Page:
The stability and straightforward design of the Matrox Monarch HD H.264 encoder proved to the Ryerson technical team that it was the ideal solution. Other devices they looked at required extensive configuration at webcast time because the settings could not be locked in. Since the studios at Ryerson University (Figure 3, below) are a learning environment and students need to start live streaming at a predetermined time, everything needs to be set up in advance.

Figure 3. Ryersonian TV is webcast from the Ryerson RTA School of Media television studio using Matrox Monarch HD.

Monarch HD’s pre-configurable settings let the technical team create profiles for different needs far in advance, eliminating the stress of last-minute adjustments. They simply log into the Monarch HD Command Center webpage, select a profile and the unit is ready to go. The fact that the Monarch HD appliance is a hardware device solely dedicated to recording and streaming and cannot run additional programs means that it is, in Ayromlou’s words, “bulletproof.”

According to Ayromlou, he no longer has to spend his time training students and solving technical problems, “The main thing we like about the Monarch HD is the fact that it’s easy and can be operated by just about anybody.”

Related Articles
Shawn Lam interviews Matrox's Wayne Andrews regarding the Matrox Monarch LCS, a Streaming Media Best of NAB 2016 award-winning new, dual-input, dual-encoder addition to the popular Matrox Monarch series of streaming and recording appliances.
H.264 encoder helps athletics department live stream and record sports for families, fans and coaches
Dr. Sarju Ralhan and his surgical team at Hero DMC Heart Institute in Ludhiana, India are promoting a new surgical method using a streaming and recording workflow built around the Monarch HDX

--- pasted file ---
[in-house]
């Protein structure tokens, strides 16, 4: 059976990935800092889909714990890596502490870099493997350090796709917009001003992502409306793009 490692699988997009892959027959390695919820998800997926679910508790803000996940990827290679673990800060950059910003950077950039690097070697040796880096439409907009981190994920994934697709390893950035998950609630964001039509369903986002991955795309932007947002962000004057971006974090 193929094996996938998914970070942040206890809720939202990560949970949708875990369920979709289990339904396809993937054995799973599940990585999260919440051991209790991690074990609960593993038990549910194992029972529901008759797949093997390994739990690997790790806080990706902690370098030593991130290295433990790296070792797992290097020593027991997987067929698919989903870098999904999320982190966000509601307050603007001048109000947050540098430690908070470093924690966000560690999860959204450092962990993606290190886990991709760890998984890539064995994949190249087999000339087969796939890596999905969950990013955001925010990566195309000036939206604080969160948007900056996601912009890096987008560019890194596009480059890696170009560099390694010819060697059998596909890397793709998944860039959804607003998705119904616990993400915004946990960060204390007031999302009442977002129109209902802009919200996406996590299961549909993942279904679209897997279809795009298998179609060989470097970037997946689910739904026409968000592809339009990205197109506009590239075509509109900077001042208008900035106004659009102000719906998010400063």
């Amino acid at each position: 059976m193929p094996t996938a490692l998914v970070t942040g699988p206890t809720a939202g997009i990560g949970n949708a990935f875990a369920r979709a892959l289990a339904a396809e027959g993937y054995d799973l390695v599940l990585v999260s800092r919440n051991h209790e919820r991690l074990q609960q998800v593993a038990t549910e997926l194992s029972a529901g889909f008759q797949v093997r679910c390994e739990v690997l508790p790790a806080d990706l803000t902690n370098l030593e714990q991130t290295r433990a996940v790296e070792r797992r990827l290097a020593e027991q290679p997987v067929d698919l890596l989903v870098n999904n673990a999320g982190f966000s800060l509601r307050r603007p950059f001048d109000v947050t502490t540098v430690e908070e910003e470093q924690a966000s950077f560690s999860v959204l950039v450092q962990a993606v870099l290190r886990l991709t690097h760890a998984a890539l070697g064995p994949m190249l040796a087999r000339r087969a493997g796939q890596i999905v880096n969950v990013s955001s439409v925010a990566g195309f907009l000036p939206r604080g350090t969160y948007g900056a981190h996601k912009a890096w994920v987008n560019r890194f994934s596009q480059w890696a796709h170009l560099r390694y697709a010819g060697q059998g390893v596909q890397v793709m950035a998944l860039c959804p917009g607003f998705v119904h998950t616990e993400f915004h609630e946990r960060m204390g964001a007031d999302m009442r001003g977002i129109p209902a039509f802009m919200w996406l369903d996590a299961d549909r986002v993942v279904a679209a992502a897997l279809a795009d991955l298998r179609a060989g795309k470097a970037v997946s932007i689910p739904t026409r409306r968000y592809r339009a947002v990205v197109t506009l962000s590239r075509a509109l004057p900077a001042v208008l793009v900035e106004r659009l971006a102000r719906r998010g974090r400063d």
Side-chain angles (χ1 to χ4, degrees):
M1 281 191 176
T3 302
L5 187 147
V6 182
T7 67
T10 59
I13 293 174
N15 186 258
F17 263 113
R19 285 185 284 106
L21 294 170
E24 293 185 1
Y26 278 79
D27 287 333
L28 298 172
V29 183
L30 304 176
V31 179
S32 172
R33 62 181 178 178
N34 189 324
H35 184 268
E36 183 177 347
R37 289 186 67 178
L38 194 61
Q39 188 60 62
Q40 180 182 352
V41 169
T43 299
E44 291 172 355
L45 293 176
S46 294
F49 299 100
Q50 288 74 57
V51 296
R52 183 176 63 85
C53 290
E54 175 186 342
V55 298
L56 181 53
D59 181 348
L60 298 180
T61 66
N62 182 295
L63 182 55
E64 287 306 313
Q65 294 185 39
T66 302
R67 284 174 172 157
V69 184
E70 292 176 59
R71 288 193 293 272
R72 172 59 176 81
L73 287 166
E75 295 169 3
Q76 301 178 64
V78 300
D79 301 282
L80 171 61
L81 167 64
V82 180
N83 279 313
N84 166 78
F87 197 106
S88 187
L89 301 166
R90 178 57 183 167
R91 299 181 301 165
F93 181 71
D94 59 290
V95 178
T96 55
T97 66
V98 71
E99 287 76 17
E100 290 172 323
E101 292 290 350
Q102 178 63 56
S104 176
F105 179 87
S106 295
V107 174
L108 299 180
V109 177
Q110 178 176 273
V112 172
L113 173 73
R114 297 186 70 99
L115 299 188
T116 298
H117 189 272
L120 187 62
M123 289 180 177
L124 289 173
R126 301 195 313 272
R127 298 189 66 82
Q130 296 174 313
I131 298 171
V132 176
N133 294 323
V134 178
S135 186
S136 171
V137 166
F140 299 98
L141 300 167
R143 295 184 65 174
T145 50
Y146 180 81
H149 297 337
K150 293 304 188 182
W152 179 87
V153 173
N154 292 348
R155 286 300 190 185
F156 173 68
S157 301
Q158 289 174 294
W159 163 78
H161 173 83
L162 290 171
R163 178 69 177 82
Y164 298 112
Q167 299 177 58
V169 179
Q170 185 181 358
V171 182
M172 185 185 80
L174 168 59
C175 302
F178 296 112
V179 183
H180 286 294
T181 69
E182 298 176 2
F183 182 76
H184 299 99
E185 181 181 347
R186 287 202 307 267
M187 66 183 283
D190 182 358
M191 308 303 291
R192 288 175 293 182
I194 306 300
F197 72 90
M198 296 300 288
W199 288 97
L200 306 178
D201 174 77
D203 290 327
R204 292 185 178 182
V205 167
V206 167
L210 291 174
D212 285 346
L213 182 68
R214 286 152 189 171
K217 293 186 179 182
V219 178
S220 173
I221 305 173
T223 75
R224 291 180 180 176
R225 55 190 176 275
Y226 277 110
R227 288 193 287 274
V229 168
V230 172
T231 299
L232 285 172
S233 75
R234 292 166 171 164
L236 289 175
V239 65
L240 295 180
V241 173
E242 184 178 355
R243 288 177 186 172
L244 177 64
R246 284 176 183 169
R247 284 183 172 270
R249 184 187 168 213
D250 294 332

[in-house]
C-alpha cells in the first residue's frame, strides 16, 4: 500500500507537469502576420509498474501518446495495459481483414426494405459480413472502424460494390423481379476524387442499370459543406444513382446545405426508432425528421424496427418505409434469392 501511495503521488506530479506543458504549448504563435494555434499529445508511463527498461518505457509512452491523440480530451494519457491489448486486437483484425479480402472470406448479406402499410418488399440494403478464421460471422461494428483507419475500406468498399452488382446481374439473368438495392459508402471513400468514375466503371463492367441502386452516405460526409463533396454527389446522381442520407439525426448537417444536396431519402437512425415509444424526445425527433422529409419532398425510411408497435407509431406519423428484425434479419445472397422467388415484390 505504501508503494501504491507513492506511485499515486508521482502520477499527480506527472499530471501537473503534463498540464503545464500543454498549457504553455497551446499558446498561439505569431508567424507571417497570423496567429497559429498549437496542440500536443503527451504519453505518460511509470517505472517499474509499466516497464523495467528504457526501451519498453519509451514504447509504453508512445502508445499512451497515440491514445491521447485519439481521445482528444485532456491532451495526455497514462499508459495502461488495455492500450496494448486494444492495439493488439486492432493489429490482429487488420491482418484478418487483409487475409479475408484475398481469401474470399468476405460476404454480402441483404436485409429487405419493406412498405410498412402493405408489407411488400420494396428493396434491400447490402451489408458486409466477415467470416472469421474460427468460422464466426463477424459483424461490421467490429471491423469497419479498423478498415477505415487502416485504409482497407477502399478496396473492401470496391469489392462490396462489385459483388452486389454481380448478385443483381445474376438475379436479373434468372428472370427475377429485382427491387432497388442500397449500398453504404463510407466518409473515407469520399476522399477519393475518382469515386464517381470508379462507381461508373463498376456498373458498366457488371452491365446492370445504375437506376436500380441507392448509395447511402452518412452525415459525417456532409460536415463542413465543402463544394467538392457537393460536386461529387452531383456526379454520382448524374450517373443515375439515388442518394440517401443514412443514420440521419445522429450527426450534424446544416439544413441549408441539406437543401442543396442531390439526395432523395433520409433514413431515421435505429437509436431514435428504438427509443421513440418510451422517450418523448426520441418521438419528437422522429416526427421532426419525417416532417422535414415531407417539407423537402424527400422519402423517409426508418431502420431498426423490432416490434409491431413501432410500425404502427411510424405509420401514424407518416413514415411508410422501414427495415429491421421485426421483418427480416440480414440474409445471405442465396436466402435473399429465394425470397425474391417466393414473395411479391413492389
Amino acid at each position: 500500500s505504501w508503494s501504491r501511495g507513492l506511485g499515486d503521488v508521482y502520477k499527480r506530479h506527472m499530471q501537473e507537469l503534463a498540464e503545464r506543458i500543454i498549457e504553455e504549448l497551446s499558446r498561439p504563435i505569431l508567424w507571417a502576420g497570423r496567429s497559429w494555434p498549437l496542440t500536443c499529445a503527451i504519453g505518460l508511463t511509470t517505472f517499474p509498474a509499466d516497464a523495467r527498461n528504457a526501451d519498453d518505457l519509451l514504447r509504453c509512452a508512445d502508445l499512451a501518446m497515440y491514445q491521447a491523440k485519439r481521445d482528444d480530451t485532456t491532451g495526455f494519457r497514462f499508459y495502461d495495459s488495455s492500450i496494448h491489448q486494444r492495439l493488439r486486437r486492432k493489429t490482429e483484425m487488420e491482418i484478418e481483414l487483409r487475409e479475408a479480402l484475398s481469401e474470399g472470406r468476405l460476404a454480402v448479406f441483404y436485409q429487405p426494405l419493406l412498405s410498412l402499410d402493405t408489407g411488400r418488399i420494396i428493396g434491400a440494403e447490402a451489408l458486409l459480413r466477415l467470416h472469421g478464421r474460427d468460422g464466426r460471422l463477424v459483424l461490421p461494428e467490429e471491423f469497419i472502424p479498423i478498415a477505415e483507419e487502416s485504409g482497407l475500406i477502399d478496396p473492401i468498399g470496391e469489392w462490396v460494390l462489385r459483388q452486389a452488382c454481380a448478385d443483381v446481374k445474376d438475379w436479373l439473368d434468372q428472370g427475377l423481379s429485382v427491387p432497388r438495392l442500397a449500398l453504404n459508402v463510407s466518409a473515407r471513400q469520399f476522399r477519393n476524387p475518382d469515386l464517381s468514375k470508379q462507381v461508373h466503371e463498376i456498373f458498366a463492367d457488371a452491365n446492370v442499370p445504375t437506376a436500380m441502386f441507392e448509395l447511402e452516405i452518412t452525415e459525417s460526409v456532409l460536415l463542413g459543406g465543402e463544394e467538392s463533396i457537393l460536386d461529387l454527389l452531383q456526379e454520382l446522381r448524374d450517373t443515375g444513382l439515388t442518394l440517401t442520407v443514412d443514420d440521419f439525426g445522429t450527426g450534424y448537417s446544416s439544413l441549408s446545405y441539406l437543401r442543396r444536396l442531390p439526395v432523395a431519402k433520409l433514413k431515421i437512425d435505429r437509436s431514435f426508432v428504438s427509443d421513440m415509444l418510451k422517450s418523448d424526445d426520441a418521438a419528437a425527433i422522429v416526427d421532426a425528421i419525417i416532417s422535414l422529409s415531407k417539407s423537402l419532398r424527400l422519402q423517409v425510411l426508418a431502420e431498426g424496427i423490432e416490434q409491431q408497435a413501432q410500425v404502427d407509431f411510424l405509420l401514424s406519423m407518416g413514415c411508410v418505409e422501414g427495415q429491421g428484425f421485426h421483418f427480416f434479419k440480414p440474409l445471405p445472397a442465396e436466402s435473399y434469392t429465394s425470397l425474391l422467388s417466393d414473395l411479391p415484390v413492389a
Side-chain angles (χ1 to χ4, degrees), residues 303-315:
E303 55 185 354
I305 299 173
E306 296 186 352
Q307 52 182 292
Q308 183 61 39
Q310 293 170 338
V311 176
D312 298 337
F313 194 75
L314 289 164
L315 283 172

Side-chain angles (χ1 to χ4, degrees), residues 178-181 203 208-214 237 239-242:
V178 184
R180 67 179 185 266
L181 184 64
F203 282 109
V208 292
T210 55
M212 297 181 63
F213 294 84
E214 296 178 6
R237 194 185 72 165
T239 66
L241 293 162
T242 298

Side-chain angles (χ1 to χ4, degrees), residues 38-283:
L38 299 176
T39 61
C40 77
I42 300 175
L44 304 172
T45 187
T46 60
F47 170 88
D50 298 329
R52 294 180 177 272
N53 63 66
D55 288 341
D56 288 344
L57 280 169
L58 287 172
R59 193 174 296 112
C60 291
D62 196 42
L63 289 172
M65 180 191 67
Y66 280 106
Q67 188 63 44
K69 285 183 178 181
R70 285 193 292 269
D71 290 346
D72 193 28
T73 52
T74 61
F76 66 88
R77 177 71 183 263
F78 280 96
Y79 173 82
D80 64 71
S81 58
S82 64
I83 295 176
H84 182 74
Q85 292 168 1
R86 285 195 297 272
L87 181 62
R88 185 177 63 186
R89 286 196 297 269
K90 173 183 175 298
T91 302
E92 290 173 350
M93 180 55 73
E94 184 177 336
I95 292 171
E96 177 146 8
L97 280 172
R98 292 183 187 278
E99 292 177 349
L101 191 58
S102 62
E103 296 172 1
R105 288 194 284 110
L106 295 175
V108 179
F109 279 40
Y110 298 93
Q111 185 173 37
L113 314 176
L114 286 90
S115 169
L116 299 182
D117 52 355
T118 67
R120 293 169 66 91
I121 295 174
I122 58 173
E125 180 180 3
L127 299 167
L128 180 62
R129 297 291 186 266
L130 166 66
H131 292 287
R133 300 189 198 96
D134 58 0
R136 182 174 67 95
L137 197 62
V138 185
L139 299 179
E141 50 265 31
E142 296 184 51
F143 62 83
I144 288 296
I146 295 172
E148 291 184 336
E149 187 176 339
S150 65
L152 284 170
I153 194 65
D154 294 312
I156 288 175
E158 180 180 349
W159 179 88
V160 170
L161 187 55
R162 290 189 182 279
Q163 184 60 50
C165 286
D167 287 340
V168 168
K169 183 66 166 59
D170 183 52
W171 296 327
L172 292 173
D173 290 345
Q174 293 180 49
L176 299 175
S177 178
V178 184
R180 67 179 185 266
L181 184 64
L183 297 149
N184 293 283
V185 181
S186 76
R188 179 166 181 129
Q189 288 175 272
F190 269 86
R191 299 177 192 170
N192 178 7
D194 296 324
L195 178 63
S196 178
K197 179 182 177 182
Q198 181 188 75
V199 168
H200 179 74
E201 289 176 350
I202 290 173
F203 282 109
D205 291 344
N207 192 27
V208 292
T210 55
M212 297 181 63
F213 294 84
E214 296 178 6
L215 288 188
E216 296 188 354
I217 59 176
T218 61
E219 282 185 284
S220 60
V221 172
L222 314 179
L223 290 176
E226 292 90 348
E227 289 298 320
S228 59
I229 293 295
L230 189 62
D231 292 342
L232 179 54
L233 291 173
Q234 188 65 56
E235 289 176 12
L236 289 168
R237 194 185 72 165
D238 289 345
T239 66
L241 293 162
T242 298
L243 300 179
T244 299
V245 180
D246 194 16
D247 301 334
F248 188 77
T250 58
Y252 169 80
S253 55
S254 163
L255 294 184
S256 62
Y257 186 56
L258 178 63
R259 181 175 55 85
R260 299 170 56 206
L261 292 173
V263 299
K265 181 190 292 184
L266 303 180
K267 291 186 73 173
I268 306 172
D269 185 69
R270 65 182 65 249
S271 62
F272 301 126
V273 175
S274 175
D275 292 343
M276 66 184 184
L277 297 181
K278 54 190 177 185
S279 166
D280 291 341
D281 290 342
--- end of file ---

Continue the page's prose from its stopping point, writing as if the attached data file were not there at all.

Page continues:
Created for the electronic music lover, DMO Live, will soon connect venues in different worldwide locations through one live event by streaming the night's main happening on large screens in club locations around the world.
The dual-stream use case--one for streaming, one for archive or other production--is very common in live production, and Matrox Monarch HD, a $995 compact standalone streaming/recording unit, appears to be the lowest-cost solution--and a highly competent one at that.
In this interview from NAB 2015, Shawn Lam and Matrox's Dan Maloney discuss the Monarch HDX, which ships in June and builds on the success of the Monarch HD streaming and recording appliances by adding more flexibility in the 2 existing encoders, and adds a third encoder for preview.
StreamVu is a simple, inexpensive and well-featured service, and Matrox Monarch HD is the only hardware encoder that can produce one stream for live distribution and the other for archiving. In combination, they make an ideal solution for your live and on-demand video production requirements.
Matrox's new Monarch HD is a portable live encoder that can send a stream to your streaming server and also record a master-quality copy to a network drive, or local USB or SD storage.